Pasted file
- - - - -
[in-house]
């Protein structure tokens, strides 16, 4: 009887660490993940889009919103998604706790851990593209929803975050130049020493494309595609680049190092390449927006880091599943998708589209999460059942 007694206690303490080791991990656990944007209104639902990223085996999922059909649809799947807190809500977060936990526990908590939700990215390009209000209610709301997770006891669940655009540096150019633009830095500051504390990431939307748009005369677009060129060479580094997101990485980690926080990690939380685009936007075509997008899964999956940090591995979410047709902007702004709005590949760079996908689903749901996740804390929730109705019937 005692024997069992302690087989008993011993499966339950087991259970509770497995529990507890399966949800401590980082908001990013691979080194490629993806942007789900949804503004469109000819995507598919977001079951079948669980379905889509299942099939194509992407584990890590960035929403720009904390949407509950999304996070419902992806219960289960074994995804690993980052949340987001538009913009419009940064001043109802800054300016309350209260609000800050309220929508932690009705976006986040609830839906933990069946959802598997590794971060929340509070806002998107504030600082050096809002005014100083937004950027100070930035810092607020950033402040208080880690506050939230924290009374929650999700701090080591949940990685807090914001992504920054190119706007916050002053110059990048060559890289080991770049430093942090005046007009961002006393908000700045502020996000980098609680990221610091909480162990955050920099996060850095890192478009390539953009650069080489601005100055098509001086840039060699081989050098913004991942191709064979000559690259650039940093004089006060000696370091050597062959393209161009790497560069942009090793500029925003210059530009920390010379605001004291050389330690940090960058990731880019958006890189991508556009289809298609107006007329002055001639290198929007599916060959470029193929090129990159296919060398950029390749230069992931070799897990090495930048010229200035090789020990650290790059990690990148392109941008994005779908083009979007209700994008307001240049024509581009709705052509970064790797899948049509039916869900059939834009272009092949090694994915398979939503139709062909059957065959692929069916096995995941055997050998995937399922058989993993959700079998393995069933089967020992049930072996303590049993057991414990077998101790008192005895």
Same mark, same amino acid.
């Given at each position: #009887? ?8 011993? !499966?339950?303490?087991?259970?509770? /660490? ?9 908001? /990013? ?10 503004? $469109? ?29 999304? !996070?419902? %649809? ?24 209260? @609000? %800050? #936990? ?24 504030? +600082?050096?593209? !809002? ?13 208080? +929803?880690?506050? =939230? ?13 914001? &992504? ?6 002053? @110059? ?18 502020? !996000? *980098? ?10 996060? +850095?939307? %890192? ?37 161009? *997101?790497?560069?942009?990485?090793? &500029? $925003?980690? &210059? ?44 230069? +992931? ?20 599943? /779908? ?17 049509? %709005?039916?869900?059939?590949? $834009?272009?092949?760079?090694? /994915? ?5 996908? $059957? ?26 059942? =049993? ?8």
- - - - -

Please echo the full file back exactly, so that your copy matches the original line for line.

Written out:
[in-house]
């Protein structure tokens, strides 16, 4: 009887660490993940889009919103998604706790851990593209929803975050130049020493494309595609680049190092390449927006880091599943998708589209999460059942 007694206690303490080791991990656990944007209104639902990223085996999922059909649809799947807190809500977060936990526990908590939700990215390009209000209610709301997770006891669940655009540096150019633009830095500051504390990431939307748009005369677009060129060479580094997101990485980690926080990690939380685009936007075509997008899964999956940090591995979410047709902007702004709005590949760079996908689903749901996740804390929730109705019937 005692024997069992302690087989008993011993499966339950087991259970509770497995529990507890399966949800401590980082908001990013691979080194490629993806942007789900949804503004469109000819995507598919977001079951079948669980379905889509299942099939194509992407584990890590960035929403720009904390949407509950999304996070419902992806219960289960074994995804690993980052949340987001538009913009419009940064001043109802800054300016309350209260609000800050309220929508932690009705976006986040609830839906933990069946959802598997590794971060929340509070806002998107504030600082050096809002005014100083937004950027100070930035810092607020950033402040208080880690506050939230924290009374929650999700701090080591949940990685807090914001992504920054190119706007916050002053110059990048060559890289080991770049430093942090005046007009961002006393908000700045502020996000980098609680990221610091909480162990955050920099996060850095890192478009390539953009650069080489601005100055098509001086840039060699081989050098913004991942191709064979000559690259650039940093004089006060000696370091050597062959393209161009790497560069942009090793500029925003210059530009920390010379605001004291050389330690940090960058990731880019958006890189991508556009289809298609107006007329002055001639290198929007599916060959470029193929090129990159296919060398950029390749230069992931070799897990090495930048010229200035090789020990650290790059990690990148392109941008994005779908083009979007209700994008307001240049024509581009709705052509970064790797899948049509039916869900059939834009272009092949090694994915398979939503139709062909059957065959692929069916096995995941055997050998995937399922058989993993959700079998393995069933089967020992049930072996303590049993057991414990077998101790008192005895």
Same mark, same amino acid.
């Given at each position: #009887? ?8 011993? !499966?339950?303490?087991?259970?509770? /660490? ?9 908001? /990013? ?10 503004? $469109? ?29 999304? !996070?419902? %649809? ?24 209260? @609000? %800050? #936990? ?24 504030? +600082?050096?593209? !809002? ?13 208080? +929803?880690?506050? =939230? ?13 914001? &992504? ?6 002053? @110059? ?18 502020? !996000? *980098? ?10 996060? +850095?939307? %890192? ?37 161009? *997101?790497?560069?942009?990485?090793? &500029? $925003?980690? &210059? ?44 230069? +992931? ?20 599943? /779908? ?17 049509? %709005?039916?869900?059939?590949? $834009?272009?092949?760079?090694? /994915? ?5 996908? $059957? ?26 059942? =049993? ?8």